The beginning of August is Jerry season. With the Grateful Dead guitarist’s birthday on August 1st, and the anniversary of his death today, on August 9th, artists across the world—and across genres of music—routinely pay their respects to Garcia’s life, music, and legend. Last night, after a small run of shows that included a Red Rocks show and a couple festival appearances, Warren Haynes brought his Jerry Garcia Symphonic Celebration to NYC’s Central Park SummerStage for an unforgettable, heartfelt, tribute to Jerry Garcia.
Backed by a full symphony orchestra (conducted by Rich Daniels) as well as background vocalists Jaclyn LeBranch and Jasmine Mohammed, drummer Jeff Sipe , bassist Liegen Schlifer and more throughout the evening, Warren and co. delivered three sets of Garcia’s music so joyous and emotional that it’s almost hard to believe that these songs weren’t always intended for this kind of orchestral setting. The music of the Grateful Dead, as any fan knows, has a way of evoking real, powerful feelings—you get tingles, you feel chills, it encompasses your mind, body and soul. The accompaniment of the symphony brought this magic to life, conjuring in an actual musical sense the indescribable emotion that always accompanies these songs, though usually only in an abstract sense.
And as if the sheer magnitude of a legend like Warren paying tribute to an icon like Jerry with the help of a symphony orchestra wasn’t enough, Haynes led the way using Garcia’s famous “Tiger” guitar, on loan from billionaire and Indianapolis Colts owner Jim Irsay. The instrument seemed to possess otherworldly power throughout the evening, ringing breathtakingly true to the Garcia’s unique, classic sound—it may have been Warren playing the notes, but if you closed your eyes, it was Jerry’s soulful tone that shone through.
After beginning with a brief tease of “Dark Star”, the band went into a beautiful “Bird Song”. Next up was a rousing “Shakedown Street”, whose “well, well, well” bass line was bolstered to powerful effect by the orchestra’s horns section. “China Cat Sunflower” followed, the orchestra strings mimicking the familiar guitar licks for an added sonic punch before slipping into a pretty orchestral outro. The “Scarlet Begonias” that came next picked up an almost regal quality from the orchestra with Tiger’s undeniable tone soaring above it all. An impeccably arranged “Morning Dew” rounded out the first set, moving more than a few people in attendance to tears.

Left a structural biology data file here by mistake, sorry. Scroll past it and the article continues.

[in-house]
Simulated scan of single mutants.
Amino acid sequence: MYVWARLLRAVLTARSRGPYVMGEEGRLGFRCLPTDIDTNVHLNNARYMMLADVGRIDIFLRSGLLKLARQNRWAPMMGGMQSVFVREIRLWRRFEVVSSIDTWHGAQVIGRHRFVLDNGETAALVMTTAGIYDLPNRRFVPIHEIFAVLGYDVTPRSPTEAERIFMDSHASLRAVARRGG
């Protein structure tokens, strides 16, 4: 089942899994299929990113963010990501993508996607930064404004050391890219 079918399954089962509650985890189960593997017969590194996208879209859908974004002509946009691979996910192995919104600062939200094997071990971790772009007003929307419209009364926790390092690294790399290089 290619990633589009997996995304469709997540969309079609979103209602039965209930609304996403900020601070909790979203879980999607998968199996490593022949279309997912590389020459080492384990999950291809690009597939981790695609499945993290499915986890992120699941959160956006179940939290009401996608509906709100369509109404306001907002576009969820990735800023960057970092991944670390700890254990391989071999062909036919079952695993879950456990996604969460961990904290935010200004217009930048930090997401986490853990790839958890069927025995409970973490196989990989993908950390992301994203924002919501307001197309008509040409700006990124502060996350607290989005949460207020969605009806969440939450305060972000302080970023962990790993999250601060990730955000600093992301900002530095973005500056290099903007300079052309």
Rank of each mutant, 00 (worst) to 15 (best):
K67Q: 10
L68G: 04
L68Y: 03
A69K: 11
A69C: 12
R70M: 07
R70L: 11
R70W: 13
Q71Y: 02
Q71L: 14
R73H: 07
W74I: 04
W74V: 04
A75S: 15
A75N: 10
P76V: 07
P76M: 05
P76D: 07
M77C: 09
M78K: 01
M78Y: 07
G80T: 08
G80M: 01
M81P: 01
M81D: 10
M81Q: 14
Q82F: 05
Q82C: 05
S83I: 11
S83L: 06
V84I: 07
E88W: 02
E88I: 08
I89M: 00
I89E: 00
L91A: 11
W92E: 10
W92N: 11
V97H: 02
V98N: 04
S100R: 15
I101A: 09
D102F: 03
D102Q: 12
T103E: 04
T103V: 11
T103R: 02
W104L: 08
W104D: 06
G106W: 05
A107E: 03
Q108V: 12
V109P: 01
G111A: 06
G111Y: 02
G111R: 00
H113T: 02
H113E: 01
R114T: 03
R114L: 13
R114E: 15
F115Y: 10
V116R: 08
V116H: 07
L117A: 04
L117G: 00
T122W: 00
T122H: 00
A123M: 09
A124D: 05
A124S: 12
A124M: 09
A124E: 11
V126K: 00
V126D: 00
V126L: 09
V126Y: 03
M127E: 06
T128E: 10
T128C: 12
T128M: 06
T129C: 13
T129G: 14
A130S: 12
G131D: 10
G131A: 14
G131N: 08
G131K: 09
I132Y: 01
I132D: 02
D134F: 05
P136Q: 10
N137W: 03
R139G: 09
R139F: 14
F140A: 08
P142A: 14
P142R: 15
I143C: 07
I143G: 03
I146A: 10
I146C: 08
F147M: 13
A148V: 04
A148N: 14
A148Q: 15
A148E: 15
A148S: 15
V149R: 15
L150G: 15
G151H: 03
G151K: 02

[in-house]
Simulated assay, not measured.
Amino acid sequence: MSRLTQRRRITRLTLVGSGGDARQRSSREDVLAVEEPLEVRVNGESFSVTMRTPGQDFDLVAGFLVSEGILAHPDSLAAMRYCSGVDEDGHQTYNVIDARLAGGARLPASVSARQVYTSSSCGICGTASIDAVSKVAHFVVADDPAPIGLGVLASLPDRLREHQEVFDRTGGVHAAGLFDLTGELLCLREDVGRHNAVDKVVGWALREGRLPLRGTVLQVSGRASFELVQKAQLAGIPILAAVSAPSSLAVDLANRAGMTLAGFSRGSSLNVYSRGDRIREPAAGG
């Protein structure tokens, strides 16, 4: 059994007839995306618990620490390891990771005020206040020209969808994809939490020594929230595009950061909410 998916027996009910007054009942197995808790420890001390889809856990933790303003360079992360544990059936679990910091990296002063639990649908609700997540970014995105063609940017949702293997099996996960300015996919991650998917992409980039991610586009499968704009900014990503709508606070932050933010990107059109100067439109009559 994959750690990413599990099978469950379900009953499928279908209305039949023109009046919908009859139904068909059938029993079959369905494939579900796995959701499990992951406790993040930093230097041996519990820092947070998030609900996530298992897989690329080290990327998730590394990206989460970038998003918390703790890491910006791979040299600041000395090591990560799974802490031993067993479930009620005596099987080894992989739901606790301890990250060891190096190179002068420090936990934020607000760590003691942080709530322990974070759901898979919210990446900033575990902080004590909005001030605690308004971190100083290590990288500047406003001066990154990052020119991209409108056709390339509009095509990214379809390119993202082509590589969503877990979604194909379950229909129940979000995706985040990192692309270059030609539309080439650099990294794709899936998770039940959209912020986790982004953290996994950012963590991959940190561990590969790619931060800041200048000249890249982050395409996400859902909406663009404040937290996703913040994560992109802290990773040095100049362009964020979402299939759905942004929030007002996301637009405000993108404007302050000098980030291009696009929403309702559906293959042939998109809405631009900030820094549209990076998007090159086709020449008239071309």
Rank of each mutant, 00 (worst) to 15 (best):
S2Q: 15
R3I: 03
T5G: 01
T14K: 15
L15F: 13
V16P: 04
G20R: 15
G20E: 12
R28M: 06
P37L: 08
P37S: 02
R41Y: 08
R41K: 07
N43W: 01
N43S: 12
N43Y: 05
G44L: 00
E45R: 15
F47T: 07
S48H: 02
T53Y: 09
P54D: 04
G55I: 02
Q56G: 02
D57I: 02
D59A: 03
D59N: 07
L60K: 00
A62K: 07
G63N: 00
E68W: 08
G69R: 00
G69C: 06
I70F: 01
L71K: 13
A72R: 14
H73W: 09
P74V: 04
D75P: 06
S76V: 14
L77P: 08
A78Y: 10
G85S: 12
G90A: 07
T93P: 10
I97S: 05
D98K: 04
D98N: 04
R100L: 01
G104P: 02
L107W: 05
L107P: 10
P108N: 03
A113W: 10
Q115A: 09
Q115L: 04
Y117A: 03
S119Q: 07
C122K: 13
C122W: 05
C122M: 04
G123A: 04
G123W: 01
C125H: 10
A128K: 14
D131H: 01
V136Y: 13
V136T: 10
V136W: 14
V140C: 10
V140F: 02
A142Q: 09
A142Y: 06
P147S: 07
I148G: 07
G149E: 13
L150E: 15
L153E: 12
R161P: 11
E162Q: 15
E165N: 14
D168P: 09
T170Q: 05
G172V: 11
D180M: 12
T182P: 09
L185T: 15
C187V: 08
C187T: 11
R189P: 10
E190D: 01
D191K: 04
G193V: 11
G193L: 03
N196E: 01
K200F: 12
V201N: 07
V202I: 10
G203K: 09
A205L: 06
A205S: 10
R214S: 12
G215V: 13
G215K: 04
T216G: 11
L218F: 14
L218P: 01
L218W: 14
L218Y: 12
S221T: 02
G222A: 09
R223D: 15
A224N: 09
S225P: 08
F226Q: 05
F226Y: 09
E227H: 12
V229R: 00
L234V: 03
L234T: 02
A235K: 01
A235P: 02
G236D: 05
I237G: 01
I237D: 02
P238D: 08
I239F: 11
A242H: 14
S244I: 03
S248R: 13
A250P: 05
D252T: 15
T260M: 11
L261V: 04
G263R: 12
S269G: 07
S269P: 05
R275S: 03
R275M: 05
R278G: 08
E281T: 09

The second set opened with “Uncle John’s Band”, perhaps the only song whose orchestral arrangement didn’t quite click, instead strangely giving it a bubblegum pop kind of feel. After a quick jazz jam with soprano saxophonist Mitch Davis, the band continued a run of favorites including “West LA Fadeaway”, “Touch Of Grey”, and “Doin That Rag”, all impeccably played.
From there, the show erupted with a monster version of “Terrapin Station”, a song that seems to have been designed for an orchestra. Haynes drove the song confidently, before leading the orchestra into the instrumental “Slipknot!” Eventually, the “Terrapin Reprise” would follow, and Haynes’ own tribute to Jerry, “Patchwork Quilt”, ended the set. A single encore with the orchestra came next, as the group broke into “China Doll” for one last orchestrally emotional moment.
Finally, the band got one more chance to jam on more of Jerry’s music, returning for a four song encore. The group also welcomed out two vibrant NYC musicians, Eric Krasno and Marco Benevento, to join in the tribute, as well as saxophonist Erik Lawrence, trumpetist Steve Bernstein, and additional percussionists. The four song run included “(I’m A) Road Runner”, “That’s What Love Will Make You Do”, “Fire On The Mountain” and “Don’t Let Go”. On the final night of the tour–and the eve of the 21st anniversary of his death–the spirit of Jerry Garcia was truly alive and well in New York City.
Check out video highlights from btragal below, including songs played both with and without the orchestra. The full setlist can be seen below as well!
That’s What Love Will Make You Do
Fire On The Mountain